Samsung profit and revenue miss estimates as demand for chips flags

Trade war between US and China has hit demand for memory chips

Samsung’s shares closed 1.7 per cent lower in Seoul.

Samsung’s shares closed 1.7 per cent lower in Seoul.

 

Samsung’s quarterly profit and revenue missed estimates on sputtering demand for memory chips during the last three months of 2018, the same period when Apple saw anaemic sales in China.

The South Korean company’s operating income fell to 10.8 trillion won (€8.4 billion) in the quarter that ended in December, according to preliminary results released on Tuesday, falling short of the 13.8 trillion-won average of analysts’ estimates compiled by Bloomberg.

Deteriorating relations between the United States and China – Samsung’s two biggest export destinations – has hit demand for memory used in everything from personal computers to mobile devices, raising the pressure on a company struggling to revitalise its smartphone business. Compounding that challenge is weakness at Apple, a major customer of components; the iPhone maker stunned global markets last week when it cut its sales outlook for the first time in almost two decades.

“It’s a shock,” Song Myung-sup, an analyst at Hi Investment and Securities, said of Samsung’s results. “It’s not just Apple, but also smartphone, server and PC manufacturers that are not buying. While the US-China trade war hangs over them, these customers just won’t accept current prices, and Samsung faces pressure to cut chip prices.”

Fourth-quarter revenue fell 11 per cent to 59 trillion won, compared with the 63.6 trillion won average projection compiled by Bloomberg. Samsung didn’t provide net income, which it will do later this month when it releases final results. Samsung’s shares closed 1.7 per cent lower in Seoul. The stock dropped 24 per cent last year.

Contract prices

Memory chips account for the biggest portion of Samsung’s profit. Contract prices for 32-gigabyte DRAM server modules fell about 5 per cent in the December quarter, according to InSpectrum Tech. Prices for 128-gigabit MLC NAND flash memory chips fell about 3.4 per cent.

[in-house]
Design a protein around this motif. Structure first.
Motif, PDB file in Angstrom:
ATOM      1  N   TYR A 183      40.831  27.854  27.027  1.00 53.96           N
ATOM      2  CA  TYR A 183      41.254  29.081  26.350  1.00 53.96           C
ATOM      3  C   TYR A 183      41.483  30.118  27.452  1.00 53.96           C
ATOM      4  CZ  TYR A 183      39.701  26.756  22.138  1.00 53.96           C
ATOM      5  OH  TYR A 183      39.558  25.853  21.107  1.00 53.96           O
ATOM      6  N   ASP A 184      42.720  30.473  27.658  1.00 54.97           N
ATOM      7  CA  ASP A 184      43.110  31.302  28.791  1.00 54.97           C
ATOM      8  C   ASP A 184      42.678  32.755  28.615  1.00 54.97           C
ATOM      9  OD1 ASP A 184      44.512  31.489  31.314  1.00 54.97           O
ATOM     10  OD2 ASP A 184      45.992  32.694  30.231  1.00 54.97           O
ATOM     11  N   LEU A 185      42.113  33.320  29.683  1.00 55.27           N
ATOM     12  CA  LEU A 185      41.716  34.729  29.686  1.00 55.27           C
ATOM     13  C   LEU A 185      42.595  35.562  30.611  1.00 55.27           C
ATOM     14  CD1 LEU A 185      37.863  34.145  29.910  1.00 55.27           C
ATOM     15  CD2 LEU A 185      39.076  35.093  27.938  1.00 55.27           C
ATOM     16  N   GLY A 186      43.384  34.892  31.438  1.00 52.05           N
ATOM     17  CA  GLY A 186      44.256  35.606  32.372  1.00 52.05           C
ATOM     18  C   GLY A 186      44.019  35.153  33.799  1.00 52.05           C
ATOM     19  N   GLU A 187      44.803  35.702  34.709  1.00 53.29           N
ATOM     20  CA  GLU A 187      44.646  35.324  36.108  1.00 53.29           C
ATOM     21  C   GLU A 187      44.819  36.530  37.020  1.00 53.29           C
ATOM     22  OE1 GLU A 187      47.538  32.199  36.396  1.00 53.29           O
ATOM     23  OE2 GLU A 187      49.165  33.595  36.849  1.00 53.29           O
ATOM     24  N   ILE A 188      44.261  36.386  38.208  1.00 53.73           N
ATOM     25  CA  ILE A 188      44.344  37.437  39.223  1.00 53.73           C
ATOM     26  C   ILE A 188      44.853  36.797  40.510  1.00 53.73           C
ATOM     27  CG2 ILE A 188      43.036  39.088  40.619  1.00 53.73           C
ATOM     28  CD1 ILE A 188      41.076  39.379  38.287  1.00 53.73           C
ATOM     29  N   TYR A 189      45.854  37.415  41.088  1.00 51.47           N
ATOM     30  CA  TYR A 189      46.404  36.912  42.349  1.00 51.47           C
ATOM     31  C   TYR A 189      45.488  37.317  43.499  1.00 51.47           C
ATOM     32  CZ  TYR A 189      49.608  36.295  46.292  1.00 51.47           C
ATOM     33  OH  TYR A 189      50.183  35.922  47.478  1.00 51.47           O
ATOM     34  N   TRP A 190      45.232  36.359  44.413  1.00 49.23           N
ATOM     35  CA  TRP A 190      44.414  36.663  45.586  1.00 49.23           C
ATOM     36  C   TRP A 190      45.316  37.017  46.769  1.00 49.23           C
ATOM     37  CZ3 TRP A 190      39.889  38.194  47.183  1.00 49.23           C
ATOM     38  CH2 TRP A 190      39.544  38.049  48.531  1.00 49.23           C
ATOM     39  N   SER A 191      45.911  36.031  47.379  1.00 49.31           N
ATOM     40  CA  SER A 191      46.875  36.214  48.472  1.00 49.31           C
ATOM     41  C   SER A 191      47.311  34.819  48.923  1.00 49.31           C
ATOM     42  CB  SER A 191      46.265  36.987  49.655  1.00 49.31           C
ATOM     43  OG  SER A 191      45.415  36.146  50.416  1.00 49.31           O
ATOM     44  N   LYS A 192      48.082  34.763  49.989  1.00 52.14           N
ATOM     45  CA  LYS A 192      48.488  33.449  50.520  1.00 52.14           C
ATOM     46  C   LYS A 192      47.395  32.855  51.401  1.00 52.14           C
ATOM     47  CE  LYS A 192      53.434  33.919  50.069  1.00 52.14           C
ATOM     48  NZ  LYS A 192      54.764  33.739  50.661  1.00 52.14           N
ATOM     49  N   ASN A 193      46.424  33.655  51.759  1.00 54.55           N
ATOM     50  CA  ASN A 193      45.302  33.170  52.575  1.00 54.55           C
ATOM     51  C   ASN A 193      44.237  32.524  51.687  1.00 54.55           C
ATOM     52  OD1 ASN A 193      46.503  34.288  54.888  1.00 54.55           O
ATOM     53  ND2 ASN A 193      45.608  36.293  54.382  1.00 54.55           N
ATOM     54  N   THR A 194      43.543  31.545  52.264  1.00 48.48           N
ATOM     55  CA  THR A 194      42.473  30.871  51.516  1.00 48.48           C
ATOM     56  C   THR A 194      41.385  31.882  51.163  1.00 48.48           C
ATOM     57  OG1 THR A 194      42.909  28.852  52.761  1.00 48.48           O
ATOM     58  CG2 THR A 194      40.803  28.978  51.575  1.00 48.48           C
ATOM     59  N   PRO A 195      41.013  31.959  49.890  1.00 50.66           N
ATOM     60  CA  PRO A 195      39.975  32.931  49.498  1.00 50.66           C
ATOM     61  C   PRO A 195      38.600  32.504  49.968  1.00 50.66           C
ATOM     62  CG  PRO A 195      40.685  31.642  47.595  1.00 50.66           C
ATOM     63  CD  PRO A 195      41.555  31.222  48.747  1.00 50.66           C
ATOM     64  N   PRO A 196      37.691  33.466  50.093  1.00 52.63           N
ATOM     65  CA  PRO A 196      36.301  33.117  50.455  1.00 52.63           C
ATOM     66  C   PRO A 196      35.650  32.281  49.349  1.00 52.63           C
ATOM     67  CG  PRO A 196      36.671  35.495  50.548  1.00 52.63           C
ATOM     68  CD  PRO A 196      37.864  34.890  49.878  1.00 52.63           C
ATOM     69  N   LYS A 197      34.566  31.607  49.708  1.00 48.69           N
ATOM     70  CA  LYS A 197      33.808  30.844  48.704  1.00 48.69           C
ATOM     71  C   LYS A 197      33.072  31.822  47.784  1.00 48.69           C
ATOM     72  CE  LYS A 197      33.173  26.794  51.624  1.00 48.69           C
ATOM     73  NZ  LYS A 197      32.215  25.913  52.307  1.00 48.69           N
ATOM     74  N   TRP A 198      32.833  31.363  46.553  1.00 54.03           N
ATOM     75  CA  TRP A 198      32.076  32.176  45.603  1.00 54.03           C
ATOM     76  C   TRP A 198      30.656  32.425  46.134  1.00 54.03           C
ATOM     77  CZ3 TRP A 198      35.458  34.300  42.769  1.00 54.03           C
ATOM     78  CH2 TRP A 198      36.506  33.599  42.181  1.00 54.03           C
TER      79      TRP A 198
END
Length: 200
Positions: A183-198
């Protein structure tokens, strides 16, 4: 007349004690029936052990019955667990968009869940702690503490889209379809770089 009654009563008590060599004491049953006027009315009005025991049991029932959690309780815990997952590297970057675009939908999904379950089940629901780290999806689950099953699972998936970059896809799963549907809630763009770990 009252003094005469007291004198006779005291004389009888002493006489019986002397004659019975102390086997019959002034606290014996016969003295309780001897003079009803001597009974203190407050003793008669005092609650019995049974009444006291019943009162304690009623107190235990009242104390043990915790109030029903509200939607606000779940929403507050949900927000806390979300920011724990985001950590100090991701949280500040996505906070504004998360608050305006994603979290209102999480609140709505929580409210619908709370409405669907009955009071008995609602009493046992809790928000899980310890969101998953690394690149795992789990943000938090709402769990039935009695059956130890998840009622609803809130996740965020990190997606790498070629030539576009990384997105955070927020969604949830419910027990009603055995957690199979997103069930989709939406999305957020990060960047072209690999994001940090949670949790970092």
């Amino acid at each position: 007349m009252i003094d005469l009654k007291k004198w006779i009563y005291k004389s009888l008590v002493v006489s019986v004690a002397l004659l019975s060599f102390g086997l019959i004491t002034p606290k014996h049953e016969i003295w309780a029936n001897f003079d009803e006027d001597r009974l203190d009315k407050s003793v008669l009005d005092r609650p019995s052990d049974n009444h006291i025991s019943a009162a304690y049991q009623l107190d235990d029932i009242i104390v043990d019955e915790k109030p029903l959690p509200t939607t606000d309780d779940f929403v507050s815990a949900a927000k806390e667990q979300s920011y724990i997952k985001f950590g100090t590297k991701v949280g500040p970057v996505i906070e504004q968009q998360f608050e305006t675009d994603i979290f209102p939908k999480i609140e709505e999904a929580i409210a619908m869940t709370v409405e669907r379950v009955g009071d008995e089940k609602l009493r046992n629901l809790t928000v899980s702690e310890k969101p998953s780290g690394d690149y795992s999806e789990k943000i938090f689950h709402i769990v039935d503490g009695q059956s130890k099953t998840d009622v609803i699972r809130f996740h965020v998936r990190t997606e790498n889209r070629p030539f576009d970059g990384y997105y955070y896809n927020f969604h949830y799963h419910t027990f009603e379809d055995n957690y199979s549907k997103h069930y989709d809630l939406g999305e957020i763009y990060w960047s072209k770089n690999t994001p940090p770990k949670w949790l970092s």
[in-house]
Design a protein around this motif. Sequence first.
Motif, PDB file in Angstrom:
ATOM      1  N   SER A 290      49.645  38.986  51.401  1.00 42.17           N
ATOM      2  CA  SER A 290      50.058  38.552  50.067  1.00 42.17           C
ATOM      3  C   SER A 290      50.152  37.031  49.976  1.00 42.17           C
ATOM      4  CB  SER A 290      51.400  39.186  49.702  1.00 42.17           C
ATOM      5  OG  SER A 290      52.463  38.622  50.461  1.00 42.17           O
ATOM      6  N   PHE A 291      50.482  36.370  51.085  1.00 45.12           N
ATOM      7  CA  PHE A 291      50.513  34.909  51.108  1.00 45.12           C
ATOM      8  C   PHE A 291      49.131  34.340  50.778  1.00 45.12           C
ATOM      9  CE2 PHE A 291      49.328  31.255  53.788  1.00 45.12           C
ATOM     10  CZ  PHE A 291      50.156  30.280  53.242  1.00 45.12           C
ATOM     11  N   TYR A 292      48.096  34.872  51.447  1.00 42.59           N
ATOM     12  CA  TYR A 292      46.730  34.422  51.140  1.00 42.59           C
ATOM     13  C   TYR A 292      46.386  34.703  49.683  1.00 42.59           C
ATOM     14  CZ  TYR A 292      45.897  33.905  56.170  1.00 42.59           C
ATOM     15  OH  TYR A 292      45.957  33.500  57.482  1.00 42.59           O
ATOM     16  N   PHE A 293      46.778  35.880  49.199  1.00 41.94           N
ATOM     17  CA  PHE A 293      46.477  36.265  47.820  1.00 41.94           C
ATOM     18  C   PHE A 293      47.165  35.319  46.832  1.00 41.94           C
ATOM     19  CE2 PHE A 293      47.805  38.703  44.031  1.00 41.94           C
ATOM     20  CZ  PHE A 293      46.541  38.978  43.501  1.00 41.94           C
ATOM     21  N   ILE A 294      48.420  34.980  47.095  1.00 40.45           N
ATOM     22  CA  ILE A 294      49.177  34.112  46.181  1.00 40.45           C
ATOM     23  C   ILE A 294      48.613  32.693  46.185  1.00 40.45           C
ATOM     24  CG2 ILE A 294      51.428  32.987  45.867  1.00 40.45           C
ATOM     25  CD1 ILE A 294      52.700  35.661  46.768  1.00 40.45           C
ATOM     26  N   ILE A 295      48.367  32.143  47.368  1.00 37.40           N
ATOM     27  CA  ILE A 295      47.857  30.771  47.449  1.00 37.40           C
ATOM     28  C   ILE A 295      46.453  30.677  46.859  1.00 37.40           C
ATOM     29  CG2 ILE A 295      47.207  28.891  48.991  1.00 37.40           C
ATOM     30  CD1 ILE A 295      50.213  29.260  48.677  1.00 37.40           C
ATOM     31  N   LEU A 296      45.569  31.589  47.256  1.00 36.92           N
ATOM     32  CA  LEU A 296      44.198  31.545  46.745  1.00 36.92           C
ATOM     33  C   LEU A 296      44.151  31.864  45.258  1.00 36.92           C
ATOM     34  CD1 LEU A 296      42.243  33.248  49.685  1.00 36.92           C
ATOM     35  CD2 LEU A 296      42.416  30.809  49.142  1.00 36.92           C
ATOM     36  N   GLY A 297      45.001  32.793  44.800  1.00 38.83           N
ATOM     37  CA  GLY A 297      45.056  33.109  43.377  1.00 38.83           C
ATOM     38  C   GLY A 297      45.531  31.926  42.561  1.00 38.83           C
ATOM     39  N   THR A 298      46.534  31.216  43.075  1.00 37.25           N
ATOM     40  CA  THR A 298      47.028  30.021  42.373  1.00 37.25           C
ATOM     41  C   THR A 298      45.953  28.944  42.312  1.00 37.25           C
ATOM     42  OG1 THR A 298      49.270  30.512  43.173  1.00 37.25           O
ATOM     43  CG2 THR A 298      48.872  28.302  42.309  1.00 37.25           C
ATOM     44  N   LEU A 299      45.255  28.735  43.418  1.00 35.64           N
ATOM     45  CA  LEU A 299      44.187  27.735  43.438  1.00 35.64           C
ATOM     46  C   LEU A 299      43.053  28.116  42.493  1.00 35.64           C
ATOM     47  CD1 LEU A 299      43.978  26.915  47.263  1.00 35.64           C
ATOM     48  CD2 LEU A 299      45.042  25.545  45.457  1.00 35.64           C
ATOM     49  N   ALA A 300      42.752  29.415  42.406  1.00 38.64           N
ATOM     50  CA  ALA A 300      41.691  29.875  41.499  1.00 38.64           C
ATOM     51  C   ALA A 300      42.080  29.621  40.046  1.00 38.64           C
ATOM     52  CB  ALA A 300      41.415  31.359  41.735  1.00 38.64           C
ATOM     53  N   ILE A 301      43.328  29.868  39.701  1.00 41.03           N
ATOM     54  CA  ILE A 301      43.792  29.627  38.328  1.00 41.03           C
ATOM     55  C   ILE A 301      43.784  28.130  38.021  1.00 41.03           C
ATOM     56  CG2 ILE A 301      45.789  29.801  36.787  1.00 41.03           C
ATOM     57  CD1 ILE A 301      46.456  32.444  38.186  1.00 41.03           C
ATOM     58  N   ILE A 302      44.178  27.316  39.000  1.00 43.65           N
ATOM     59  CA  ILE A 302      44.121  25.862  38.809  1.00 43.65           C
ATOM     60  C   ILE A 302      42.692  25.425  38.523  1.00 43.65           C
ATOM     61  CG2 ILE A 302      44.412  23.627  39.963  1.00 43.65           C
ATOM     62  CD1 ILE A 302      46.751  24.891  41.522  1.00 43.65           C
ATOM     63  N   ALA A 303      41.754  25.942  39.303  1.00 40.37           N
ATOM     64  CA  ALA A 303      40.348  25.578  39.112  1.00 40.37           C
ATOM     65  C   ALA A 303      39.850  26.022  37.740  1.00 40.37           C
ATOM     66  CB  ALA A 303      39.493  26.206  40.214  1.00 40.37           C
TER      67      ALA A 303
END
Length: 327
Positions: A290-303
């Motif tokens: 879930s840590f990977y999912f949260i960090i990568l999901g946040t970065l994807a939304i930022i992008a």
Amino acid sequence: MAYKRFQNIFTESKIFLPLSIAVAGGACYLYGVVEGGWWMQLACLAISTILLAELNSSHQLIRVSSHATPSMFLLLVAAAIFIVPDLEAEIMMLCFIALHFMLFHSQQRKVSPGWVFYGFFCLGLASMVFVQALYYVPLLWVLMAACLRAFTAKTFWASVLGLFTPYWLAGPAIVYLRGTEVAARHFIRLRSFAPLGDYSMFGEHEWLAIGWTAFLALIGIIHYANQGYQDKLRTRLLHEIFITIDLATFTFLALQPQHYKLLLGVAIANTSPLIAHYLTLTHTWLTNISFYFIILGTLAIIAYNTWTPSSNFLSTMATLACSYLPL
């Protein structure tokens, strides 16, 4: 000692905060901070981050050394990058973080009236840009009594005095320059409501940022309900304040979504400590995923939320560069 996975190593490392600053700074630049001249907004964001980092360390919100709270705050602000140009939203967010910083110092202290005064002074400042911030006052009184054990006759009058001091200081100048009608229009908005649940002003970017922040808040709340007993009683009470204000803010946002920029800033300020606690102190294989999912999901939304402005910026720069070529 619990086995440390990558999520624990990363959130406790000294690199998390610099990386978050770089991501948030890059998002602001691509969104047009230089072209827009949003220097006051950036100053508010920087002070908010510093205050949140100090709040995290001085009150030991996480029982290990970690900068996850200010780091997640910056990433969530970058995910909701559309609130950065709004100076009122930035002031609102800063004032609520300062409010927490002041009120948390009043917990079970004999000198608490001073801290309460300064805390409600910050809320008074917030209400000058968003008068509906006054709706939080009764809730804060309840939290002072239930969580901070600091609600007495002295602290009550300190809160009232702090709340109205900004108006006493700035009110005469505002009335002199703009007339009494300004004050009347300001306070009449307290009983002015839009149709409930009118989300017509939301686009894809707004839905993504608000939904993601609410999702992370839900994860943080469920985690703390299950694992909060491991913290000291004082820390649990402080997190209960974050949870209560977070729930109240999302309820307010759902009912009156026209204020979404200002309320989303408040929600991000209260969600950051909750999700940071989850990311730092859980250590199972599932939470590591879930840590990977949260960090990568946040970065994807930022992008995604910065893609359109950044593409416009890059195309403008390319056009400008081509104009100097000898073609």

Apple’s surprise cut to its sales forecast last week suggested a worsening outlook for orders. Apple receives memory chips and smartphone screens from Samsung and is the South Korean manufacturer’s biggest customer, according to data compiled by Bloomberg.

Samsung said it expected earnings to remain subdued in the first three months of the year due to difficult conditions for memory. Profitability will recover in the second half, the company predicted, on projected improvements in the market, with rising adoption of new CPUs and launches of new smartphone products.

While Samsung still leads the world in smartphone sales, it’s being squeezed by Chinese handset makers such as Huawei. The South Korean company is pinning its hopes on a foldable-screen phone that it plans to ship this year, along with a flagship Galaxy S10 model that is said to feature an in-display fingerprint sensor and a near-zero bezel.

While sales of its own devices have foundered, the company supplies organic light-emitting diode screens for Apple and Huawei. Samsung’s LCD televisions are facing increasing challenges from Chinese rivals that seek to crowd out South Korean products.

“Recovering demand in the first quarter cannot be expected, because it is a seasonally low period and customers also know prices are coming off, so there’s no rush to buy,” said Sanjeev Rana, a Korea technology analyst at CLSA. “In the second quarter Samsung launches the Galaxy S10 and a lot of other Android makers announce new model launches that might help smartphone demand and enhance the demand for DRAM.” – Bloomberg